On 8 July, the ICC issued an arrest warrant for Joseph Kony, leader of the Lord’s Resistance Army (LRA) for war crimes and crimes against humanity perpetrated during the uprising in northern Uganda between 2002 and 2004. The ICC issued additional arrest warrants for Okot Odhiambo and Dominic Ongwen, the top leaders of the LRA.

Central African Republic:

The trial of Jean Pierre Bemba Gombo, President and Commander-in-Chief of the Mouvement de Libération du Congo (Movement for the Liberation of Congo) began on 22 November 2011 in The Hague. He is accused of war crimes and crimes against humanity, including mass rape committed in the Central African Republic between 26 October 2002 and 15 March 2003.

Sudan:

France played a key role in the adoption of resolution 1593 on 31 March 2005 which led to the first referral to the ICC by the Security Council. This referral related to the crimes committed in Darfur and resulted in the issuing of 4 arrest warrants by the ICC for Ahmed Haroun, Sudanese Minister of State, Ali Kushayb, head of the Janjaweed militia group; Abdallah Banda and Saleh Jerbo, the rebel leaders accused of having led an attack against the peacekeeping forces. The ICC issued an arrest warrant for Sudanese President Omar al-Bashir for genocide on 12 July 2010 (this was the ICC’s first arrest warrant for genocide).

On 2 December 2011, the ICC issued an arrest warrant for Sudan’s current Defense Minister, Abdel Rahim Muhammad Hussein, for war crimes and crimes against humanity perpetrated in Darfur from August 2003 to March 2004.

Libya:

On 27 June 2011, the ICC issued three arrest warrants for Muammar Qaddafi, Saif Al-Islam Qaddafi and Abdullah al-Senussi for crimes against humanity (murder and persecution) committed in February 2011. On 22 November 2011, Pre-Trial Chamber I ordered that the case against Muammar Qaddafi be closed following his death.

Republic of Kenya:

William Samoei Ruto, former Education Minister, Henry Kiprono Kosgey and Joshua Arap Sang are awaiting an ICC decision; they are accused of war crimes and crimes against humanity committed during the post-election violence in Kenya in January 2008. Likewise, Francis Kirimi Muthaura, Uhuru Muigai Kenyatta, and Mohammed Hussein Ali, who have been charged with crimes against humanity, are still awaiting an ICC decision.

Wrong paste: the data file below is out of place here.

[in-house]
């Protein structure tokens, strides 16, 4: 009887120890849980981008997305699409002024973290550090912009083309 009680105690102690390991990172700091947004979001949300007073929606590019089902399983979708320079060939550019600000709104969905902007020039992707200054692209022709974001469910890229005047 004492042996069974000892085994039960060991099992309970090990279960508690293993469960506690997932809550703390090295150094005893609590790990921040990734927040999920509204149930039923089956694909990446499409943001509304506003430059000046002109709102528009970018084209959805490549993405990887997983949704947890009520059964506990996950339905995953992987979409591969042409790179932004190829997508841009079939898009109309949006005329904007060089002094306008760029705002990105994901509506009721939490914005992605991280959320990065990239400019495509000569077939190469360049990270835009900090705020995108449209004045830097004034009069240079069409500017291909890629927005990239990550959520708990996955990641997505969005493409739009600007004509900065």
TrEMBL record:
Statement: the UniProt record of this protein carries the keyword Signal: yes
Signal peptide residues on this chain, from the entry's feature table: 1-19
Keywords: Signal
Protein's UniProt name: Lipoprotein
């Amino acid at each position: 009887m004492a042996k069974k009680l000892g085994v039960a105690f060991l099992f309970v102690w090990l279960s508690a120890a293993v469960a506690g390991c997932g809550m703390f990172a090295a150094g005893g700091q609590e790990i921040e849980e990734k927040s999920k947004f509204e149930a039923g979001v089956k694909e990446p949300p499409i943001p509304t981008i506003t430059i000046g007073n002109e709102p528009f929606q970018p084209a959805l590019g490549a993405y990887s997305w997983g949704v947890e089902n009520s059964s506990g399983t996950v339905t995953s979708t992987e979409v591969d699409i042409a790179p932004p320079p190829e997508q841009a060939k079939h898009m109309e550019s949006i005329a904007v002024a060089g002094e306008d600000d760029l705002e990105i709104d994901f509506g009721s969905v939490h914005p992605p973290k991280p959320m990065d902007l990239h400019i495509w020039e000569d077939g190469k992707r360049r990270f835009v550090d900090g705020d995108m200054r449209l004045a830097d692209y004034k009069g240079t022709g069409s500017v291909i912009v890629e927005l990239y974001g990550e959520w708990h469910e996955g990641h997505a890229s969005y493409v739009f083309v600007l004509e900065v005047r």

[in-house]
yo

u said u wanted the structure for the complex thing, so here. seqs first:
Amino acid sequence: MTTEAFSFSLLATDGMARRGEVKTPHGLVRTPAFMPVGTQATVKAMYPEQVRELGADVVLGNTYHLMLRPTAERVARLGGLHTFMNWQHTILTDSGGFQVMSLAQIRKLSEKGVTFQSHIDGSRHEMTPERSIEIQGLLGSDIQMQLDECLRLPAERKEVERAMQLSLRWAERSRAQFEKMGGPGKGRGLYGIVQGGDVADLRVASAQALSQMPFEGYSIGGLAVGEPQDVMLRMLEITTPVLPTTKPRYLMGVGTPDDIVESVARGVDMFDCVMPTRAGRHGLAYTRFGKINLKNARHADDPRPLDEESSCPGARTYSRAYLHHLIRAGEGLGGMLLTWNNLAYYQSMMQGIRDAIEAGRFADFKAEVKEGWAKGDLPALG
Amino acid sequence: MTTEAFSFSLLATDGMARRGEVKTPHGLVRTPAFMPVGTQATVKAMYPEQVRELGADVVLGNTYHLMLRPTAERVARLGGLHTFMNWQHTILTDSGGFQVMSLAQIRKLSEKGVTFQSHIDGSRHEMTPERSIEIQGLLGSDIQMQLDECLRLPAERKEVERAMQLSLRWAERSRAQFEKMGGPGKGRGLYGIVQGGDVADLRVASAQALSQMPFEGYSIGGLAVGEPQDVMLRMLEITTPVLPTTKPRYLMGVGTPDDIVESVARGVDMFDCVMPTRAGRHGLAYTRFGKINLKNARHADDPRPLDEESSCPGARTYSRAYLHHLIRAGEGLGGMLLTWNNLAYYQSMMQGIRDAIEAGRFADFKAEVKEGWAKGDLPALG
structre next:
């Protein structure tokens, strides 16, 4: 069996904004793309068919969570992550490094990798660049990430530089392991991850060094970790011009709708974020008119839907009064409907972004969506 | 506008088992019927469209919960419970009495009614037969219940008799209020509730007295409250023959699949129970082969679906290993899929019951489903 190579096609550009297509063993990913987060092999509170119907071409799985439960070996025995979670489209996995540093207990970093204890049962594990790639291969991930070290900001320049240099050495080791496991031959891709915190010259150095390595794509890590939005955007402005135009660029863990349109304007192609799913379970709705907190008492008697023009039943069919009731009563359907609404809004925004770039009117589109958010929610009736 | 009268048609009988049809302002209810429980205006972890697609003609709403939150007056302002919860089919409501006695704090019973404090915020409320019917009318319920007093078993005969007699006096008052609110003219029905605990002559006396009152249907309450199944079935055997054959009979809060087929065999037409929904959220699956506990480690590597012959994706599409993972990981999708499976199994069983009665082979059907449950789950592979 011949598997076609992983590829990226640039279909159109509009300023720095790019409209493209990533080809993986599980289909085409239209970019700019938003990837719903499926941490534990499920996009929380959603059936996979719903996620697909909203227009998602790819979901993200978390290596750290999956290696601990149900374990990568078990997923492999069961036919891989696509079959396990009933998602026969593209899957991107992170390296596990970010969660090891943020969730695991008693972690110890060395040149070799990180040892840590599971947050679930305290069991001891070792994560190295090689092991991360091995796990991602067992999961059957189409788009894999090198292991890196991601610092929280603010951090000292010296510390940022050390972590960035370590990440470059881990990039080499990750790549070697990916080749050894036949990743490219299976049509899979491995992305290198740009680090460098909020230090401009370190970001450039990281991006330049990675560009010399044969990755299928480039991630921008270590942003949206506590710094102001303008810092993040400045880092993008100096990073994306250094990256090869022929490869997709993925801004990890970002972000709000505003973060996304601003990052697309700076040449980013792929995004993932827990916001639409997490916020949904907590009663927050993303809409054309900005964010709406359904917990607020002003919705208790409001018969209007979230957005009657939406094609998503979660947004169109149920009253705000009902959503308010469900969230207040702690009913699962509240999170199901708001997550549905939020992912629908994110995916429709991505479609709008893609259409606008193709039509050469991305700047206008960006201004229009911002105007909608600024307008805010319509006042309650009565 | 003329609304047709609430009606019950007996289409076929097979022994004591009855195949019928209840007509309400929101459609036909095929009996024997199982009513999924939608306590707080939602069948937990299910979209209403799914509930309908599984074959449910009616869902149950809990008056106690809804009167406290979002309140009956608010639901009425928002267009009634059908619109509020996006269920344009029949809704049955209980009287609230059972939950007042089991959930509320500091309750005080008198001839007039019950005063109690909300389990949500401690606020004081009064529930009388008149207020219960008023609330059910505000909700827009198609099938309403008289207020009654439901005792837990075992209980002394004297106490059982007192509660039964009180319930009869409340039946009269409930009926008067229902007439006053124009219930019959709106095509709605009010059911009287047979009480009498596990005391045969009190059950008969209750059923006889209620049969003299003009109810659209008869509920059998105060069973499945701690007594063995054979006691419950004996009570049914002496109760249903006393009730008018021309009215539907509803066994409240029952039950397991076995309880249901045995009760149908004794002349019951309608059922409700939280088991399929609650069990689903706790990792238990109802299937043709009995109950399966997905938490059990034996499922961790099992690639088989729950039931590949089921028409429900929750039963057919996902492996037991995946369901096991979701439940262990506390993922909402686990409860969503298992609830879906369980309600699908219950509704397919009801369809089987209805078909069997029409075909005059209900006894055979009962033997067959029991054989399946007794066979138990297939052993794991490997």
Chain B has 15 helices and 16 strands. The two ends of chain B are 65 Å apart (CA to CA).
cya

Côte d’Ivoire:

The ICC issued an arrest warrant on 23 November 2011 for Laurent Gbagbo for crimes against humanity following the Ivorian presidential elections in November 2010. Laurent Gbagbo’s first appearance took place on 5 December 2011 in The Hague.

3. The International Criminal Tribunal for the Former Yugoslavia Retour à la table des matières

The International Criminal Tribunal for the Former Yugoslavia (ICTY) was established under United Nations Security Council Resolution 827 (1993). This resolution was adopted in response to the threat to peace and international security posed by the serious violations of international humanitarian law committed in the territory of the former Yugoslavia beginning in 1991. The headquarters of the ICTY was set up in The Hague (the Netherlands). It was the first international war crimes tribunal since the Nuremberg and Tokyo tribunals.

Radovan Karadzic, former political leader of the Bosnian Serbs, was arrested in July 2008 and transferred to The Hague. He is accused of war crimes, crimes against humanity and genocide during the Bosnian war (1992-1995). His trial started in March 2010. The Serbian authorities arrested Ratko Mladic on 26 May 2011 and Goran Hadzic on 20 July 2011.

The Security Council had established a completion strategy for the Tribunal’s work with a projected completion date of the end of 2008 for all first instance trials and the end of 2010 for the appeals. However, it became clear that it would not be possible to achieve these deadlines due to constraints on the proceedings, legal uncertainties and the delayed arrest of fugitives.

On 29 June 2010, the Security Council unanimously adopted a resolution (1931) extending until 31 December 2011 the mandate of permanent trial judges and until 31 December 2012 the mandate of appeals judges.

4. International Criminal Tribunal for Rwanda Retour à la table des matières